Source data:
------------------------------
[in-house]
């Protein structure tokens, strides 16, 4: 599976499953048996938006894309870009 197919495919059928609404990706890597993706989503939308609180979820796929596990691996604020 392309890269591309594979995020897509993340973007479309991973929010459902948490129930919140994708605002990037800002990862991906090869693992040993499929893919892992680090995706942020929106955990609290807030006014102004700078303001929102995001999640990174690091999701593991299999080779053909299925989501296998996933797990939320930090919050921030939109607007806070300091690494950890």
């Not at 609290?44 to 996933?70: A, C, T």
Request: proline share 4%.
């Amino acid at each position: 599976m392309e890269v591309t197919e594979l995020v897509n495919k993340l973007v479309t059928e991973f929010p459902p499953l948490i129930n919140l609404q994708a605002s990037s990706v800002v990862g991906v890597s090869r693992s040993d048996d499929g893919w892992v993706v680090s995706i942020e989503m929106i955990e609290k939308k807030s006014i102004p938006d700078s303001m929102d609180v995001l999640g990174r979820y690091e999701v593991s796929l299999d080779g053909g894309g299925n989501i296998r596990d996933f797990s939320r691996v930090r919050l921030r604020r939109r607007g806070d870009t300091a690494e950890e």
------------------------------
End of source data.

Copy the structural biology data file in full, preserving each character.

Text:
[in-house]
């Protein structure tokens, strides 16, 4: 599976499953048996938006894309870009 197919495919059928609404990706890597993706989503939308609180979820796929596990691996604020 392309890269591309594979995020897509993340973007479309991973929010459902948490129930919140994708605002990037800002990862991906090869693992040993499929893919892992680090995706942020929106955990609290807030006014102004700078303001929102995001999640990174690091999701593991299999080779053909299925989501296998996933797990939320930090919050921030939109607007806070300091690494950890």
């Not at 609290?44 to 996933?70: A, C, T």
Request: proline share 4%.
């Amino acid at each position: 599976m392309e890269v591309t197919e594979l995020v897509n495919k993340l973007v479309t059928e991973f929010p459902p499953l948490i129930n919140l609404q994708a605002s990037s990706v800002v990862g991906v890597s090869r693992s040993d048996d499929g893919w892992v993706v680090s995706i942020e989503m929106i955990e609290k939308k807030s006014i102004p938006d700078s303001m929102d609180v995001l999640g990174r979820y690091e999701v593991s796929l299999d080779g053909g894309g299925n989501i296998r596990d996933f797990s939320r691996v930090r919050l921030r604020r939109r607007g806070d870009t300091a690494e950890e």